DeStalk project

An EU-wide project aims to tackle gender-based cyberviolence and stalkerware

What is the objective of the project?

DeStalk addresses the issues of cyberviolence and stalkerware, which represent new, widespread and hidden forms of online gender-based violence (GBV). Stalkerware is commercially available software that is used to secretly spy on another person’s private life via a smart device. Within two years, the European project team, consisting of major gender-based violence and cybersecurity experts, will jointly develop content for a training and then train practitioners in victim support services and in perpetrator programmes in health and social services, as well as train key stakeholders in regional authorities and governments to increase awareness among the general public and take action against cyberviolence.

"Taking on the lead of the Destalk project's coordination, the Couples and Family research group from the Faculty of Psychology, Education and Sports Sciences (Blanquerna), is committed to hindering GBV within such new and still unknown tools and media, which take place online but produce real damage in our communities," affirms Dr. Berta Vall, associated professor at Blanquerna. "We are addressing the issue with an innovative approach and a sound multi-stakeholder consortium, providing continuity and new developments in our effort on gender equality and gender-based violence prevention."


Gender-based violence and online abuse

In Europe, seven in ten women who have experienced cyberstalking, have also experience at least one form of physical or sexual violence from an intimate partner. Likewise, 71% of domestic abusers monitor women’s computer activities while 54% track survivors’ cellphones with stalking software. In 2019, Kaspersky detected a 67% year-on-year increase of stalkerware usage on its users’ mobile devices at a global level, with the most affected European countries being Germany, Italy, and France. Kaspersky will publish analysis of the 2020 findings at the end of the month.

Preliminary analysis of the 2020 data shows that the situation has not much improved from 2019. The number of people affected by stalkerware is more or less on the same level as the year before. It can of course be explained by the growing integration of technologies into our lives. Sadly, the software used for stalking is becoming common and just another form of intimate partner violence. Sadder still is that this type of software has legal status. It’s quite hard to fight against stalkerware using only tech tools. However, it would really help if practitioners and users are aware that stalkerware exists, know how to recognise the signs of this software being installed on their devices, and know what to do next,” comments Alfonso Ramirez, General Manager, Kaspersky Spain.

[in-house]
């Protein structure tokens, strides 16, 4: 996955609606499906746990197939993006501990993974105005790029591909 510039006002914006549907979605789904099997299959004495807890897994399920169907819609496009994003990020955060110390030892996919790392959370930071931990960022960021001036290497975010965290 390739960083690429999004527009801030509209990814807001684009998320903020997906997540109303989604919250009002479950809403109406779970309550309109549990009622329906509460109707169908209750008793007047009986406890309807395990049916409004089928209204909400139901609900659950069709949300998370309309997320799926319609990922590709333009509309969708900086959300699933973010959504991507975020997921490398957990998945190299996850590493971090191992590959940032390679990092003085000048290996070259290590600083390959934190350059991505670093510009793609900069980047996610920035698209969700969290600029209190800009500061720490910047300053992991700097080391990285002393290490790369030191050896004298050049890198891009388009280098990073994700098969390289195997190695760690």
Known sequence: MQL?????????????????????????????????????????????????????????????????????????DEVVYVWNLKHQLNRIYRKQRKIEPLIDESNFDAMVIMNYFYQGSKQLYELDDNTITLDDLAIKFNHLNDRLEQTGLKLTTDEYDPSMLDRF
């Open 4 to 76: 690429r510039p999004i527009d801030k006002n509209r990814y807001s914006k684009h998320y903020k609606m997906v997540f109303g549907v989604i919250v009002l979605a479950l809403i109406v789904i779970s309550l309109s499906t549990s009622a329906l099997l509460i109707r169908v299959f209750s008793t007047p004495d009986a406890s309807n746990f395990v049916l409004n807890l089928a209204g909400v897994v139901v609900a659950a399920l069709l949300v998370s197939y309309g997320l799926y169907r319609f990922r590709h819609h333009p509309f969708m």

Network capacity is the key

The DeStalk project will develop a multi-level strategy with three key milestones.

  1. Create an e-learning package on cyberviolence and stalkerware, available in most-spoken European languages and targeting practitioners and policy-makers.
  2. Upgrade and test existing tools for practitioners working within victim support services and perpetrator programmes.
  3. Test of a regional pilot awareness-raising campaign combined with replication guidelines to be used by strategic stakeholders.

“The effects of cyberviolence on women and girls are devastating, all consuming, never-ending, because they are part of a continuum of violence (offline and cyber) that deprives them of their freedom,” says Alessandra Pauncz, Executive Director of WWP European Network.

The online training, attended by 200 professionals, will enable a deep understanding of cyberviolence and stalkerware among experts. This will have an indirect but very significant impact in helping thousands of victims and those working with perpetrators of cyberviolence. Additionally, the regional training pilot will enhance capability and cooperation among victim support services and perpetrator programmes that will have a long-lasting and replicable effect on hundreds of clients in treatment.

About the partnership

The DeStalk project will be run throughout Europe thanks to the collaboration of an international and interdisciplinary project team:

  • Fundación Blanquerna, research and education organisation within the Faculty of Psychology, Education and Sports Sciences from Ramon Llull University, Spain – Coordination and scientific support
  • Kaspersky, a leading global cybersecurity company – E-learning development and IT content expertise
  • Regione del Veneto, the local government of Italy’s Veneto Region – Pilot campaign and public authority perspective
  • Una Casa per l'Uomo, a civil society organisation working with victims and perpetrators in Italy – Training of practitioners in victim support services and perpetrator programmes
  • WWP European Network, umbrella association for perpetrator programmes – Dissemination and GBV knowledge

An external Advisory Board will supervise and support DeStalk’s excellence:

  • Nicolas Violland, Police Commissioner and Advisor at the Ministerial Delegation for Partnerships, Strategies and Security Innovation (DPSIS), French Ministry of Interior
  • Hauke Gierow, Head of Corporate Communications at G DATA Cyberdefense
  • Martijn Grooten, Special Advisor to the Coalition Against Stalkerware 

To find more about more the Coalition Against Stalkerware please visit the official website:

For more information visit our website: